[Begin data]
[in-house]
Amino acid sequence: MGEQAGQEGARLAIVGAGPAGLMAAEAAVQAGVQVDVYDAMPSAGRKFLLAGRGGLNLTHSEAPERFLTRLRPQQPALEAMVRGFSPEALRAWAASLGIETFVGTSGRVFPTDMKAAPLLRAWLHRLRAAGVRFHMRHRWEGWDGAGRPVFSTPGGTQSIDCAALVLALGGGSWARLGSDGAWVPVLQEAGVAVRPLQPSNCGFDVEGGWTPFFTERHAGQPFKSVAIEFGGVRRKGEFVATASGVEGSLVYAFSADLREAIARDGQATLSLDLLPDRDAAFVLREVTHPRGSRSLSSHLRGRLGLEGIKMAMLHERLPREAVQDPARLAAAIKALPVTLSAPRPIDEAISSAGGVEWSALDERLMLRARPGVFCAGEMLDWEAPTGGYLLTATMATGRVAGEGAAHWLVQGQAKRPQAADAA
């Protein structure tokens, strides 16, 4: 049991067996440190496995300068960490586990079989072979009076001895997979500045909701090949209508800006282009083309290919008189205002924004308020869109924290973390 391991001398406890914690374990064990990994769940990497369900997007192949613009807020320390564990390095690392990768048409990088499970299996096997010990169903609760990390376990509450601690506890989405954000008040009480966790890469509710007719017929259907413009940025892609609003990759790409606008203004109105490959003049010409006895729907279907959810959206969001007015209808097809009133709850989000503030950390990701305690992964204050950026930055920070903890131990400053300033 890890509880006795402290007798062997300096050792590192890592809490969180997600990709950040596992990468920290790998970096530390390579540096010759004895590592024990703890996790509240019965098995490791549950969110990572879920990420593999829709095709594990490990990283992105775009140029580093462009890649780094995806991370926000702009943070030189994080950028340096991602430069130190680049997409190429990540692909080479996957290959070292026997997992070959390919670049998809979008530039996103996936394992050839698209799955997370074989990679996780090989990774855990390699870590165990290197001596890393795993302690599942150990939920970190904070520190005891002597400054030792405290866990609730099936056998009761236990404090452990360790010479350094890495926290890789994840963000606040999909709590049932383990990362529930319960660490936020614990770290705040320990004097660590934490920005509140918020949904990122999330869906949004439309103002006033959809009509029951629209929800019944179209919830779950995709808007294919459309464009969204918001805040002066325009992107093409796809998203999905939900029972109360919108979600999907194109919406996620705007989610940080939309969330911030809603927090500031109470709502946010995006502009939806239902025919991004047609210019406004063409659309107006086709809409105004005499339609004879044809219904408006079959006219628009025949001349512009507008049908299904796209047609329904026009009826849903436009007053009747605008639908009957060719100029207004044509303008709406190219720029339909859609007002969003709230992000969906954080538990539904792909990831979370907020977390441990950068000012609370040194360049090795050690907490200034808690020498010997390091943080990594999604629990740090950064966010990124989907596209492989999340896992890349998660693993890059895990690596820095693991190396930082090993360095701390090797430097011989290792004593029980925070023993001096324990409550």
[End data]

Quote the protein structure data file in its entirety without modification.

[in-house]
Amino acid sequence: MGEQAGQEGARLAIVGAGPAGLMAAEAAVQAGVQVDVYDAMPSAGRKFLLAGRGGLNLTHSEAPERFLTRLRPQQPALEAMVRGFSPEALRAWAASLGIETFVGTSGRVFPTDMKAAPLLRAWLHRLRAAGVRFHMRHRWEGWDGAGRPVFSTPGGTQSIDCAALVLALGGGSWARLGSDGAWVPVLQEAGVAVRPLQPSNCGFDVEGGWTPFFTERHAGQPFKSVAIEFGGVRRKGEFVATASGVEGSLVYAFSADLREAIARDGQATLSLDLLPDRDAAFVLREVTHPRGSRSLSSHLRGRLGLEGIKMAMLHERLPREAVQDPARLAAAIKALPVTLSAPRPIDEAISSAGGVEWSALDERLMLRARPGVFCAGEMLDWEAPTGGYLLTATMATGRVAGEGAAHWLVQGQAKRPQAADAA
């Protein structure tokens, strides 16, 4: 049991067996440190496995300068960490586990079989072979009076001895997979500045909701090949209508800006282009083309290919008189205002924004308020869109924290973390 391991001398406890914690374990064990990994769940990497369900997007192949613009807020320390564990390095690392990768048409990088499970299996096997010990169903609760990390376990509450601690506890989405954000008040009480966790890469509710007719017929259907413009940025892609609003990759790409606008203004109105490959003049010409006895729907279907959810959206969001007015209808097809009133709850989000503030950390990701305690992964204050950026930055920070903890131990400053300033 890890509880006795402290007798062997300096050792590192890592809490969180997600990709950040596992990468920290790998970096530390390579540096010759004895590592024990703890996790509240019965098995490791549950969110990572879920990420593999829709095709594990490990990283992105775009140029580093462009890649780094995806991370926000702009943070030189994080950028340096991602430069130190680049997409190429990540692909080479996957290959070292026997997992070959390919670049998809979008530039996103996936394992050839698209799955997370074989990679996780090989990774855990390699870590165990290197001596890393795993302690599942150990939920970190904070520190005891002597400054030792405290866990609730099936056998009761236990404090452990360790010479350094890495926290890789994840963000606040999909709590049932383990990362529930319960660490936020614990770290705040320990004097660590934490920005509140918020949904990122999330869906949004439309103002006033959809009509029951629209929800019944179209919830779950995709808007294919459309464009969204918001805040002066325009992107093409796809998203999905939900029972109360919108979600999907194109919406996620705007989610940080939309969330911030809603927090500031109470709502946010995006502009939806239902025919991004047609210019406004063409659309107006086709809409105004005499339609004879044809219904408006079959006219628009025949001349512009507008049908299904796209047609329904026009009826849903436009007053009747605008639908009957060719100029207004044509303008709406190219720029339909859609007002969003709230992000969906954080538990539904792909990831979370907020977390441990950068000012609370040194360049090795050690907490200034808690020498010997390091943080990594999604629990740090950064966010990124989907596209492989999340896992890349998660693993890059895990690596820095693991190396930082090993360095701390090797430097011989290792004593029980925070023993001096324990409550």